According to Cathy Stephenson, the things she learned teaching fourth form maths on Friday afternoons still serve her well today, nearly twenty years later.
"I’ve been involved in the industry since the eighties,” she tells IT Brief one afternoon over coffee. " I was teaching and got into the IT side of putting side of putting networks in to schools and teaching computer studies.”
From there, she says, it was simply a case of following the path that beckoned.
The executive general manager, group operations and information systems at The Trust Company, the parent company of Guardian Trust, has always been fascinated by technology.
"It just made sense to me. I’ve moved through IT working in schools – teaching and building networks. I enjoy the excitement of transformation.”
Apart from moving from the classroom to the corporate world, nothing much has changed.
Charged with building an IT platform that is scalable and extendable, Stephenson is still fascinated and excited by what IT offers - especially in an industry like the Trustee industry which she admits is conservative and inclined to move slowly.
"It’s going to be interesting because corporate traditionally can’t move fast – the bigger the corporate, the more entrenched it is. There is so much happening at the moment - how do you resist change and how do you control it within the corporate framework?”
Faced with a newly structured organisation, Stephenson and her team need to create a single delivery platform that will function across the group while delivering country appropriate systems.
"I have this great opportunity to lead the discussions and the thinking around this. It’s such an exciting place to play because there is so much opportunity.”
The task may seem daunting but Stephenson believes one of the great things about New Zealand, and New Zealand tech people in particular, is that they are adventurous.
"We look for things outside the square. We’ll have a go. Our competency is as good or better as those found overseas so we have people competing for exciting challenges at the moment.”
Stephenson firmly believes there is no such thing as in IT project.
"There are only business projects and if you don’t recognise that you will fail from the start.”
Even within her own organisation, Stephenson admits, the change is recent; prior to her role role, IT was not at the executive table
"The space is changing though and companies are recognising they have to be delivering the whole picture. More and more organisations are finally combining operations and IT and everyone has to be able to deliver.”
The role of the IT executive, she says, is to look at these types of questions and make options available for businesses.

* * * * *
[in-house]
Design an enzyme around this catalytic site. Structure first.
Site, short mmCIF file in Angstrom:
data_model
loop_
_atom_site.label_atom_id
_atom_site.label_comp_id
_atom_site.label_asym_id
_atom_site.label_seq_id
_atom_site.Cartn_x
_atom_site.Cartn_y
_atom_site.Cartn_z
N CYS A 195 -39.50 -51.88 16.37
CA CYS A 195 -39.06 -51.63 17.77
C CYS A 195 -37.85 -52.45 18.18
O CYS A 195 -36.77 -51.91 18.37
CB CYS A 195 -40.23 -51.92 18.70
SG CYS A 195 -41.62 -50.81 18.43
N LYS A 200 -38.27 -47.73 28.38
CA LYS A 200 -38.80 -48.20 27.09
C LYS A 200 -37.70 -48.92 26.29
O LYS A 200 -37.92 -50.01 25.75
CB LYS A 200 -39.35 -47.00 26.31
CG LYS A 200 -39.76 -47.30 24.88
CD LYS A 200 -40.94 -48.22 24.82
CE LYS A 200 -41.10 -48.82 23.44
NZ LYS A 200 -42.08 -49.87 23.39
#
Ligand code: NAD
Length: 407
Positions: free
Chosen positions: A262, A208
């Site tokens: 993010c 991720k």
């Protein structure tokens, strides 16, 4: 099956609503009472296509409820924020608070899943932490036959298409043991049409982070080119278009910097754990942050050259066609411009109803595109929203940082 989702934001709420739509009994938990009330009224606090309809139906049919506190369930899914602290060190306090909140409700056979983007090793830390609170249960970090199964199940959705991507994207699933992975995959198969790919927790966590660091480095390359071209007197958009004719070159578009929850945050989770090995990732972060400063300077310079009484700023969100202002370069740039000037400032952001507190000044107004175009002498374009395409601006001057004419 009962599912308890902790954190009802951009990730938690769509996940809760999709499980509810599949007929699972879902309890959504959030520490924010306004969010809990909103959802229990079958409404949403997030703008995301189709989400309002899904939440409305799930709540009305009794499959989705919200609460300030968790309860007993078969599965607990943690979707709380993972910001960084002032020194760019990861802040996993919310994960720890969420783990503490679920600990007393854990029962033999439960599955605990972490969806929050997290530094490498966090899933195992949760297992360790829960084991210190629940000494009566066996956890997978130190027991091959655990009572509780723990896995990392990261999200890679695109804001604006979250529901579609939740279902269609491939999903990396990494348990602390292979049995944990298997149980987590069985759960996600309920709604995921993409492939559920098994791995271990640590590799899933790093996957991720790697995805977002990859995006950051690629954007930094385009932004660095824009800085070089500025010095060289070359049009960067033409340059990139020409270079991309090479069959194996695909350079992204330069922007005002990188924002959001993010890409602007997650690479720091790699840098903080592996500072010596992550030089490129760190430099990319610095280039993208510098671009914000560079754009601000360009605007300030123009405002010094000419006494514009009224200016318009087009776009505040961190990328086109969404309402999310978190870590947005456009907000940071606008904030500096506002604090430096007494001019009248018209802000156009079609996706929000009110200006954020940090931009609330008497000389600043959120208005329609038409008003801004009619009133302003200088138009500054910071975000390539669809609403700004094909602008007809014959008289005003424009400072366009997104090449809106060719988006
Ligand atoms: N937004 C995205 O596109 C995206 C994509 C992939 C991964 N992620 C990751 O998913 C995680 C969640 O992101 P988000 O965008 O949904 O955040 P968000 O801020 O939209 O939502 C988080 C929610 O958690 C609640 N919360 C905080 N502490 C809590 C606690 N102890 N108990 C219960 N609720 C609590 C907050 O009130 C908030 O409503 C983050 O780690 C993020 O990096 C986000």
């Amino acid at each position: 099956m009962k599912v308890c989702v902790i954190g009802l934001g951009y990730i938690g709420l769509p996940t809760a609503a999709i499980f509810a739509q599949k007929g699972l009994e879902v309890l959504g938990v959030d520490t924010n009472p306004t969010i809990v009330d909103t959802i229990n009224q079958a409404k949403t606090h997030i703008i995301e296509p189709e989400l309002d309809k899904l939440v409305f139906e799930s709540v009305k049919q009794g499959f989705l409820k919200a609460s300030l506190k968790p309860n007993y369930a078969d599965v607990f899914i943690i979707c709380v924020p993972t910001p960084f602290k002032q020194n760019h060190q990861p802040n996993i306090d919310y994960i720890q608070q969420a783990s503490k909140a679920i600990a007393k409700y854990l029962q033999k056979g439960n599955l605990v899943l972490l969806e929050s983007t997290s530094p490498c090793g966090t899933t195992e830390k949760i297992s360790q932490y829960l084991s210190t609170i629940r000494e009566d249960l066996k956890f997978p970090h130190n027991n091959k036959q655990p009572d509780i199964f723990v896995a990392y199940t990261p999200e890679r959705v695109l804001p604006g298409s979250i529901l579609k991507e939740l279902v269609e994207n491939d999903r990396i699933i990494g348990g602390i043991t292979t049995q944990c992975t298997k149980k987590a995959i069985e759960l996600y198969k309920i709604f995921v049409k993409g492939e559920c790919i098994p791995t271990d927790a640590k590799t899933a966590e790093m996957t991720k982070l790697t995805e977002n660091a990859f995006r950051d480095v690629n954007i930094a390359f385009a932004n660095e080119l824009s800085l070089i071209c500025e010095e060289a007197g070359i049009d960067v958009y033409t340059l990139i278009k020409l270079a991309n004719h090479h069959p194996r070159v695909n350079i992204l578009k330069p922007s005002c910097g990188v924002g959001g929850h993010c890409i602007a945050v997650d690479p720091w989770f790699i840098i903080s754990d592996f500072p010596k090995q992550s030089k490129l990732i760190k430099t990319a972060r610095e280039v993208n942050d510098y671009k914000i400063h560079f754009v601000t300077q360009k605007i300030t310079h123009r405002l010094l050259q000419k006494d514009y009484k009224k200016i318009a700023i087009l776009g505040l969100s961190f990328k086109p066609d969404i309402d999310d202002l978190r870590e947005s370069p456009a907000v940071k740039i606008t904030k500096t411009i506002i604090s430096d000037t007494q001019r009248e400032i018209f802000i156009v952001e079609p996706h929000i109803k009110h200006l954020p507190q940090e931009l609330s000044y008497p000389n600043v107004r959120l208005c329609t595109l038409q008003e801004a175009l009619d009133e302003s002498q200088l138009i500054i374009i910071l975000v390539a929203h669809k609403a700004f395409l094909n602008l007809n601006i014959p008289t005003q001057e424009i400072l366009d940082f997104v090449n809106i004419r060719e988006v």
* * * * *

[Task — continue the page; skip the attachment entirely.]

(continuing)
"The Trust business for example is all about relationships - so we [the IT team] need to clear the noise away and provide the tools that will allow people to do their job.”
While concepts such as the mobile workforce and BYOD are gaining popularity, they still present challenges to corporates faced with more mundane questions like how to control costs and risks.
"We have to start by putting together a strategy paper and considering what our industry and workforce should look like before we can create and implement our vision for that mobile workforce. We have to try to forecast how the organisation will look in five years time so we can put solutions in place that will meet that need.”
Many corporates - her own organisation no exception - also need to look at cloud computing and virtualisation as well as the management demands that accompany it.
"But we need to look beyond the servers square. We need to not be bound by the technology and instead ask ourselves what is key from a business perspective? Is it speed of delivery or is it functionality or is it the actual services?”
Equally as challenging, Stephenson says, is wrapping guidelines around social media, in particular as more and more people in senior management positions are people who operate in that space.
"It’s a unique opportunity and part of the challenge is how to cater for these people given this is the way these people live.”
It is still a challenge for a woman to win an executive role within in the IT industry, Stephenson says.
"There have been some really good strides made for women but not enough especially at senior management and board level."
Currently Stephenson mentors younger women within the industry in an informal manner but hopes eventually to ‘sit on a board or two and give something back.’
"It is really important for women to mentor other women in this space. The influence we have through being in a leadership role shouldn’t be ignored.”
With growing confidence and a solid storage bank of ideas and thoughts, Stephenson is not concerned about the future - either hers or that of her chosen industry.
"Where you are at any stage of your life is a product of the paths you have taken and as long as you retain the lessons of the journey you are poised for the next challenge and that is what I find really exciting.”